Milpitas' seven City Council candidates – who are vying for two open spots come November 6 – gathered on Wednesday evening for an Elections Forum at City Hall from 7 to 9 p.m. All were grilled by the Chamber of Commerce for about 45 minutes on how to reduce the budget deficit, attract businesses and overall make the city a more desirable place to live.
All candidates had different ideas of how to trim city finances. Carmen Montano, a local teacher, felt that the city budget should be analyzed in order to pinpoint where there is waste, and that the salaries of upper management should not be raised.
For Mark Tiernan, a local business owner, the answer to bringing down the city's deficit is creating more jobs and recruiting small or medium sized companies to come to Milpitas. “That’s what I’ve done in the past; that’s what I’ll do in the future,” he said.
The candidates were mostly against outsourcing the Police Department, stressing that it could compromise public safety.
“We can renegotiate salaries, but will not compromise on outsourcing,” said Deepka Lalwani, a business woman.
Rajeev Madnawat, an attorney and engineer, also stressed that police costs needed to be brought down, but without outsourcing. For Carmen Montano, only Milpitas police could thoroughly protect locals.
“Our city police know the community, they know our community members,” she said.
Garry Barbadillo, a consumer attorney, still felt that the city could have to “cede to some points” before the city reaches bankruptcy.
All the candidates had different suggestions of how to increase business in the city. “The rules and laws all favor big companies,” said Madnawat pointing out that it should be easier to establish a business of any size in Milpitas.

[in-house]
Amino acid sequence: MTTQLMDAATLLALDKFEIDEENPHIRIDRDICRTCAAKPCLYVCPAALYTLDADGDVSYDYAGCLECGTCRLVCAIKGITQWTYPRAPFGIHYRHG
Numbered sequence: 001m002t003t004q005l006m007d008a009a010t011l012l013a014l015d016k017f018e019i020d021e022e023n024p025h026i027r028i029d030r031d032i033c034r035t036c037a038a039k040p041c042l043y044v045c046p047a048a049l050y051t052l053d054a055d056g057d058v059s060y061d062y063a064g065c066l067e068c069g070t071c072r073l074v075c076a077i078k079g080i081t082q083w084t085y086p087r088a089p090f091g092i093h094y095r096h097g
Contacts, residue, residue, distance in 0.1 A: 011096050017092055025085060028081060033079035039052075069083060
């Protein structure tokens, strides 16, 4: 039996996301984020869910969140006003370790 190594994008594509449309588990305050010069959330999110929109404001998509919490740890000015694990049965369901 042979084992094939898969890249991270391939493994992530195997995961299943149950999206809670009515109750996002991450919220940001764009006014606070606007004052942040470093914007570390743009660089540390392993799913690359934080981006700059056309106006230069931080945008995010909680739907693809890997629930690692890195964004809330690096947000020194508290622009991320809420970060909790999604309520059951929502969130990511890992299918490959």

There should be incentives and a tax-break in order bring in more businesses, said Debbie Giordano, a business woman herself. She also suggested the city could reach out to top research institutions such as MIT in the hopes of attracting entrepreneurs. She thought BART, when completed nearby, would also play a big role in bringing in companies.
For Tiernan, “We should also reach out to commercial real estate brokers to find what space is available," he said.
The candidates were also asked how can Milpitas do a better job of promoting itself. Tiernan said the city should do a more thorough job of emphasizing what a safe place it is to live. “I didn’t realize our police force has a response time of two minutes and 41 seconds until I did the research,” he said.
Garry Barbadillo was also for marketing the city and bolstering its online presence. “Let’s tell people that investors can trust us in any way,” he said.
Giodano stressed multiculturalism and community events as a way of giving Milpitas an image boost. “We’re probably one of the most multicultural cities. We should have an event to bring city together,” said Giordano, pointing out the city should revisit the idea of building a convention center.
Ola Robert Hassan, a local entrepreneur, wanted more attention focused on bringing in outside businesses. “We need to explore ways of how other businesses can operate in the city. We are not doing that,” he said.
But for Lalwani, the answer lies in bolstering businesses that are already in town. “Should I get cosmetic surgery or improve my natural beauty?,” she said, eliciting laughter from the audience. “We should reach out [to existing businesses] through word of mouth, and improve local businesses.”